The application of the language of "rights" to the economic and social conditions of the world's impoverished populations has gained a great deal of momentum in recent years. Yet, given the continuing pervasiveness of basic deprivations for the world's poor, there is a pressing need to examine precisely how economic and social rights norms (as reflected in international treaties and other multilateral documents) are translated into practices. This article seeks to synthesize the theoretical literature on economic and social rights (ESR) and to examine the variety of legal, institutional, and political mechanisms that facilitate their realization. We utilize legal, anthropological, and sociological theory to identify institutional and cultural factors that affect norm translation, as well as adaptive, processual, and emergent dynamics that may alter outcomes. In moving from theory to method, we conceptualize a number of factors that contribute to rights realization, operationalize them by describing how translation mechanisms of each might manifest in real-world settings where rights are at stake and compile a list of questions and indicators that can be used to measure them. We hope this overview will assist in expanding and enriching human rights theory, facilitate the empirical study of economic justice and thereby contribute to efforts for making economic and social rights a reality.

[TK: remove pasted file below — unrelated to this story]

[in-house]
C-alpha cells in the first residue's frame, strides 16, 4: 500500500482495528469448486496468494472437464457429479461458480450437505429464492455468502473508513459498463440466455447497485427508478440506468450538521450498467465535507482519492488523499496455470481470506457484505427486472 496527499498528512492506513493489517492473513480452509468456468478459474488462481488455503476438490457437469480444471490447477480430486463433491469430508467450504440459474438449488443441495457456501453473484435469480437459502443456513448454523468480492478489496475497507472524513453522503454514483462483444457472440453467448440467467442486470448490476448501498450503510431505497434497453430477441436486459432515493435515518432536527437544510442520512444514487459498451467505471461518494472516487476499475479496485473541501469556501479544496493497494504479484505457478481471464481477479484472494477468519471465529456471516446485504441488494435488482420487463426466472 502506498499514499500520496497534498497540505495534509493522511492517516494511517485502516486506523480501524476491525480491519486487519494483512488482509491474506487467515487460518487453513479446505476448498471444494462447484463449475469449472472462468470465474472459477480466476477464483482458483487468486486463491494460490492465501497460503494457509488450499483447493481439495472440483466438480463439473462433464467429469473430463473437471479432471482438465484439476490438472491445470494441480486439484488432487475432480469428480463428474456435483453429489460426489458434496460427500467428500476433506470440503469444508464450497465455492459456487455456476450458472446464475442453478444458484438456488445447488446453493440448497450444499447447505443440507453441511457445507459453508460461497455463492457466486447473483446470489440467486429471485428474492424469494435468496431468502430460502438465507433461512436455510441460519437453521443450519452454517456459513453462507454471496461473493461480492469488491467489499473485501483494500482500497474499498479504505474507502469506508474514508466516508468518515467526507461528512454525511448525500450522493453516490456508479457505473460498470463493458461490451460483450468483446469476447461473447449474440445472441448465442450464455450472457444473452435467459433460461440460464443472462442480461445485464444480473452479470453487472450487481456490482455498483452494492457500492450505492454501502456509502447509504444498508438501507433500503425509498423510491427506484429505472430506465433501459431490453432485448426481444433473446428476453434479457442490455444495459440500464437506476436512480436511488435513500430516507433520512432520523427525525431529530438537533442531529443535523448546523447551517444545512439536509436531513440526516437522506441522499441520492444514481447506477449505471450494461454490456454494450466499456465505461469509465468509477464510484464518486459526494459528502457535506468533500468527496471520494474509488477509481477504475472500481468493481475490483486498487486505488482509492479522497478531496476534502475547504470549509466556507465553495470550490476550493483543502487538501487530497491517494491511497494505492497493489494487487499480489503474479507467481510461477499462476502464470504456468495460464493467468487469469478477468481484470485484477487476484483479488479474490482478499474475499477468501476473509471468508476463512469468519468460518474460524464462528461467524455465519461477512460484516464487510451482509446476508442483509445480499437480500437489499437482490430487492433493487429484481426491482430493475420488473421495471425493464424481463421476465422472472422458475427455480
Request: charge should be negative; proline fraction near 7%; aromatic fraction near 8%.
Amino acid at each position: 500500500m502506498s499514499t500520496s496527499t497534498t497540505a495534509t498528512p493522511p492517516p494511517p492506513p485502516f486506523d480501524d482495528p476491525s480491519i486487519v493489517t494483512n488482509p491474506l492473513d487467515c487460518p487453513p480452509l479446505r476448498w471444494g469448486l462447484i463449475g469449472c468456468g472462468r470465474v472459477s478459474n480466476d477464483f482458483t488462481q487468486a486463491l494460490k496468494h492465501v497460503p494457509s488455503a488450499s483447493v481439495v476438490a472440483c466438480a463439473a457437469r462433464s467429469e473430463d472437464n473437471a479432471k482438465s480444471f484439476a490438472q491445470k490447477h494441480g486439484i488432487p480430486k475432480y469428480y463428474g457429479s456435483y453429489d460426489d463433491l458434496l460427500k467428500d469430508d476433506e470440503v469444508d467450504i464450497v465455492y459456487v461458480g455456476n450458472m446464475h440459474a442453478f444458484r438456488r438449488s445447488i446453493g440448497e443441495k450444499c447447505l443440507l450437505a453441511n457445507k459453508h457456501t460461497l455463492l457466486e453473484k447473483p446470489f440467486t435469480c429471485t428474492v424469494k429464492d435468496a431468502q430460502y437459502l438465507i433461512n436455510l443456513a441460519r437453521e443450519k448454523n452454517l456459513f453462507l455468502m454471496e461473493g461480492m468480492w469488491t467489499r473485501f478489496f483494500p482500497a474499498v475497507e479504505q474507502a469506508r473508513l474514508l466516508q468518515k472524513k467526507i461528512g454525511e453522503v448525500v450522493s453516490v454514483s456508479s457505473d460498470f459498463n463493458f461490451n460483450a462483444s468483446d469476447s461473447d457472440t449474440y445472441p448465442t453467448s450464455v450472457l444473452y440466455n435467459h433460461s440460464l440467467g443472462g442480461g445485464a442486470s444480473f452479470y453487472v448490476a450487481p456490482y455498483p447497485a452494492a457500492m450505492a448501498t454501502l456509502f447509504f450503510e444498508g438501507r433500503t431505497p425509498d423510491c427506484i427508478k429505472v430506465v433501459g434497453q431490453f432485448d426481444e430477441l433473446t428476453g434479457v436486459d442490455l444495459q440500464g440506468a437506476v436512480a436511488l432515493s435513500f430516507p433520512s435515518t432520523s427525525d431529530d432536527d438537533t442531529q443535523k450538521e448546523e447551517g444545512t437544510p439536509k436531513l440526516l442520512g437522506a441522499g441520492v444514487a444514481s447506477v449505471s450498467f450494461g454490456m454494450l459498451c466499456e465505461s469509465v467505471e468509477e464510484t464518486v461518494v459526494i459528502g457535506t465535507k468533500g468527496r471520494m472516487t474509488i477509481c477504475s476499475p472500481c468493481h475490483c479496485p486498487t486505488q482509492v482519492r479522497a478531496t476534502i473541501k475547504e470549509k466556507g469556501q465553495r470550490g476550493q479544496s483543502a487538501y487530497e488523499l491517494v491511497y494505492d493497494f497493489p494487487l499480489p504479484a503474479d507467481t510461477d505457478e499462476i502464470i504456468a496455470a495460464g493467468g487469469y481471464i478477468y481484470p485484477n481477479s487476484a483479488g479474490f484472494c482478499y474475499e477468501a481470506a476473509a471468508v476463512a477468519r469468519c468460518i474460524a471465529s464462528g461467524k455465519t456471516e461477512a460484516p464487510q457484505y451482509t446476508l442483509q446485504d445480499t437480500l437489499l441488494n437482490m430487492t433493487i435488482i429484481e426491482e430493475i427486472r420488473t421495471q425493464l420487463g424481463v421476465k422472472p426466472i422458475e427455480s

|Original language||English (US)|
|Number of pages||27|
|Journal||Journal of Human Rights|
|State||Published - Oct 2011|
ASJC Scopus subject areas
- Sociology and Political Science
- Political Science and International Relations